Hazards: learning from experience

New industries continue to emerge and develop, bringing with them new hazards. These can generate unforeseen safety risks and environmental impacts, as new technology introduces new ways of causing failures. Organisations also still fail to address even the foreseeable risks, as the lessons from many of the accidents experienced in more established industries are not learnt. It is important that we improve our understanding of all these risks, in areas such as nanotechnology, food technology, clean coal power supply, oil sands, next generation biofuels, renewable energy, nuclear power and decommissioning, and LNG supply.

The text above is part of the introduction to the IChemE “Hazards XXI” – Process safety and environmental protection symposium, scheduled for 9-12 November this year (Link). Last week IChemE advised that it will be publishing the out-of-print HSE accident reports on-line, so that we do not forget the lessons from such accidents as the Grangemouth BP Oil Refinery fires and explosion (1987), the explosion and fires at the Texaco refinery, Milford Haven (1994) and the Abbeystead water pumping station explosion (1994). Many plants, still operating today, pre-date the technology and knowledge in use when these accidents happened.

It is important that such reports are made easily available for the current generation of designers to be aware of history, and learn from the harshest of our experiences. In the USA the CSB (Chemical Safety Board: (Link)) is striving to publicise the findings of its accident investigations. The CSB approach (in contrast to that of the HSE in the UK, where their reports are apparently ‘out-of-print’) is to spend money and produce brilliant animations on video (available free of charge) to show just how simply the accidents they investigate happened, and therefore could have been prevented. The overall message I found from these is that good housekeeping is critically important on any process plant. One consistent example quoted is the failure of a tank high level alarm. This is obviously not seen as “sufficient reason to shut the plant down” by busy production staff: but so often the lack of attention to repairing such an alarm is symptomatic that there are other plant problems, and this leads to an event that automatically shuts operations off, permanently. Safety alarms (high level alarms) need to be able to operate automatically, just as experiences gained from accident reports need to be published and available.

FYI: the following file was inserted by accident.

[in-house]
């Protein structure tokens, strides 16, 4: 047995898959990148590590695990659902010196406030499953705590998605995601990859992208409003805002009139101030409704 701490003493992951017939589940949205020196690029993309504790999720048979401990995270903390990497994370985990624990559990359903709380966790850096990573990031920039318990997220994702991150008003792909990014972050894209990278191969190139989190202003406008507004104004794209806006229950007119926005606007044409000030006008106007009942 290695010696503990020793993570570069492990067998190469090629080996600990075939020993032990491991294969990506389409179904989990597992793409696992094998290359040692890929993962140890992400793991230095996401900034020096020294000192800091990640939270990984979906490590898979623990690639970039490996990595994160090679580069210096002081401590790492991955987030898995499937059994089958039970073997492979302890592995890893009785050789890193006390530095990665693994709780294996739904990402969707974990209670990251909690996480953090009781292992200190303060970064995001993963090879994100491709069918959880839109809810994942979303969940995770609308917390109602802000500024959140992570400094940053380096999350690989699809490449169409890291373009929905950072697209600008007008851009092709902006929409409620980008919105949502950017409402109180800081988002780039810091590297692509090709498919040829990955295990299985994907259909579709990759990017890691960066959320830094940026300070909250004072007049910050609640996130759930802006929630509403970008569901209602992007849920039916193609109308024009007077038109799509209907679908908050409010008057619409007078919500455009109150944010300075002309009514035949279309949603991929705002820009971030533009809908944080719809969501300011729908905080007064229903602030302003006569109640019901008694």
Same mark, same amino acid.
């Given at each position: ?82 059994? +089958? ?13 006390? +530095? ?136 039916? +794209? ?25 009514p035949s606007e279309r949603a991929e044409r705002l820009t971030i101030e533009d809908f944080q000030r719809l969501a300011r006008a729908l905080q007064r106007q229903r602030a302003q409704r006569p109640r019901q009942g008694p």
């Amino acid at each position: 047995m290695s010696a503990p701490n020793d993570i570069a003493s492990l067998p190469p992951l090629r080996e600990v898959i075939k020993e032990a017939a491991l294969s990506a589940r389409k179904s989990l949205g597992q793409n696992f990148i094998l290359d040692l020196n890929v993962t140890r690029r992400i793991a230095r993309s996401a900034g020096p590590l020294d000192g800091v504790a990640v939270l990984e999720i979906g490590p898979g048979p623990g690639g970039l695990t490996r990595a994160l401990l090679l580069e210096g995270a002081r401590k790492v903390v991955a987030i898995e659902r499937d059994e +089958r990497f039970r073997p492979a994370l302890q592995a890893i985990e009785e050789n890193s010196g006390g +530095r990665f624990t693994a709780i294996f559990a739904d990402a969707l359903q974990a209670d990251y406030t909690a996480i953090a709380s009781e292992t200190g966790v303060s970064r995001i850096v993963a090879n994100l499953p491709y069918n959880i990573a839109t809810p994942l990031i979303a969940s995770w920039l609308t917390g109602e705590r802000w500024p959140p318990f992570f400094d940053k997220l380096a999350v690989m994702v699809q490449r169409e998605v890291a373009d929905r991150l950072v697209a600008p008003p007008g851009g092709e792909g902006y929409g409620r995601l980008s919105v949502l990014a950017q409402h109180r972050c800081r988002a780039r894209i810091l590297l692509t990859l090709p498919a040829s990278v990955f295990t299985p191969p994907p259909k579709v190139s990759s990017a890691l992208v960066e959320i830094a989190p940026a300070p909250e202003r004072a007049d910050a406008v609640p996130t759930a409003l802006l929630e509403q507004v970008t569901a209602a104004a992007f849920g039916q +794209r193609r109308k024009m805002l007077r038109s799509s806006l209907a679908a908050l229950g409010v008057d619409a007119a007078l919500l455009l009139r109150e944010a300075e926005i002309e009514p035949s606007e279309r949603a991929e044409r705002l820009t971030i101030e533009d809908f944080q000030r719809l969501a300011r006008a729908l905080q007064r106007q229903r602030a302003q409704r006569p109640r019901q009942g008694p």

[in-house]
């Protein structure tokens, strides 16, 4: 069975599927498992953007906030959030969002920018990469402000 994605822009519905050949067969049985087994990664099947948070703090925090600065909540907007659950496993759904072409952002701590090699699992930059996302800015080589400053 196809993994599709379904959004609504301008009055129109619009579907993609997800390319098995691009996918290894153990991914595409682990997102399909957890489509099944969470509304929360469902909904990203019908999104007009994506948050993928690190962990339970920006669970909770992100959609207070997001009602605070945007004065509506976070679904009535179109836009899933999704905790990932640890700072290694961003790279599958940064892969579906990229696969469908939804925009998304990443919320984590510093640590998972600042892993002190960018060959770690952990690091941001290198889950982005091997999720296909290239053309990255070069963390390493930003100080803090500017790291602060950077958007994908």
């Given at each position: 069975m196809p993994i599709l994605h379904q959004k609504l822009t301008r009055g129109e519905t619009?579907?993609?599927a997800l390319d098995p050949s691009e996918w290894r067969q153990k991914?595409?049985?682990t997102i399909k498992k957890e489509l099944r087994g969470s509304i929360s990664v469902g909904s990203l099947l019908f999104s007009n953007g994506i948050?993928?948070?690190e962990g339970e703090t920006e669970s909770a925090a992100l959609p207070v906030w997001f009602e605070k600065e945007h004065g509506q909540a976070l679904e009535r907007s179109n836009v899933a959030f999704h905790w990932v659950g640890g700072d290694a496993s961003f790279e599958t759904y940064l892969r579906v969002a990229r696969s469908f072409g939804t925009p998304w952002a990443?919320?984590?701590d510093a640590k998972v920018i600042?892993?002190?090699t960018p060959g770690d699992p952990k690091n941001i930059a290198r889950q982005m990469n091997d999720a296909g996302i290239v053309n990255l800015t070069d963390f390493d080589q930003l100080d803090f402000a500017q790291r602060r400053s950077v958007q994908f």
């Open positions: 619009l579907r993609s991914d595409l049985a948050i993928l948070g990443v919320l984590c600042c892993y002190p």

Hima-Sella report that they have completed the design and installation of its first TOPS solution (Tank Overfill Protection System) for the Mayflower oil terminals in Plymouth, and presented TOPS at the recent Tank Storage Association (TSA) conference in Coventry. So if your new process and tank storage systems designers missed the Coventry meeting, as I did, maybe a trip to Manchester in November would be useful.

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The Energy Event 2009

At the Energy Event last week, Atlas Copco were able to present a TUV endorsement of the nett zero energy consumption of their latest air compressor system, under certain atmospheric conditions. As a component in an energy management system, the extra heat is recovered from the 55-750kW ZR range of compressors in terms of hot water supplies from the cooling systems used by the compressors, balancing the work done in compressing the air by liberating the latent heat of the moisture in the air supply, in hot humid conditions. So for industries that can benefit from hot water supplies, ie food and beverage, pulp and paper, chemicals and power plants, the incorporation of this style of energy recovery compressor in the overall energy management system can lead to more efficient plant operations (Link).

A similar process input of otherwise wasted heat energy was on offer from Thermal Energy International, the new owners of the GEM venturi steam trap company. The GEM stand showed the TEI Flu-Ace, which is a flue gas energy recovery and pollution control system. The heat energy in the hot flue gases from a typical boiler, plus the latent heat within the water vapour in these hot gases, is recovered within the Flu-Ace unit, and the resulting hot water output stream can be used for process water heating. GEM also claim that the particulate removal in flue gases is 98% of particles over 1 micron. A recent Flu-Ace installation at a hospital site in Northern Ireland not only provided the benefits of energy recovery, but would avoid the cost of installing a tall flue gas discharge chimney to disperse these particulates from the boiler plant effluent (Link).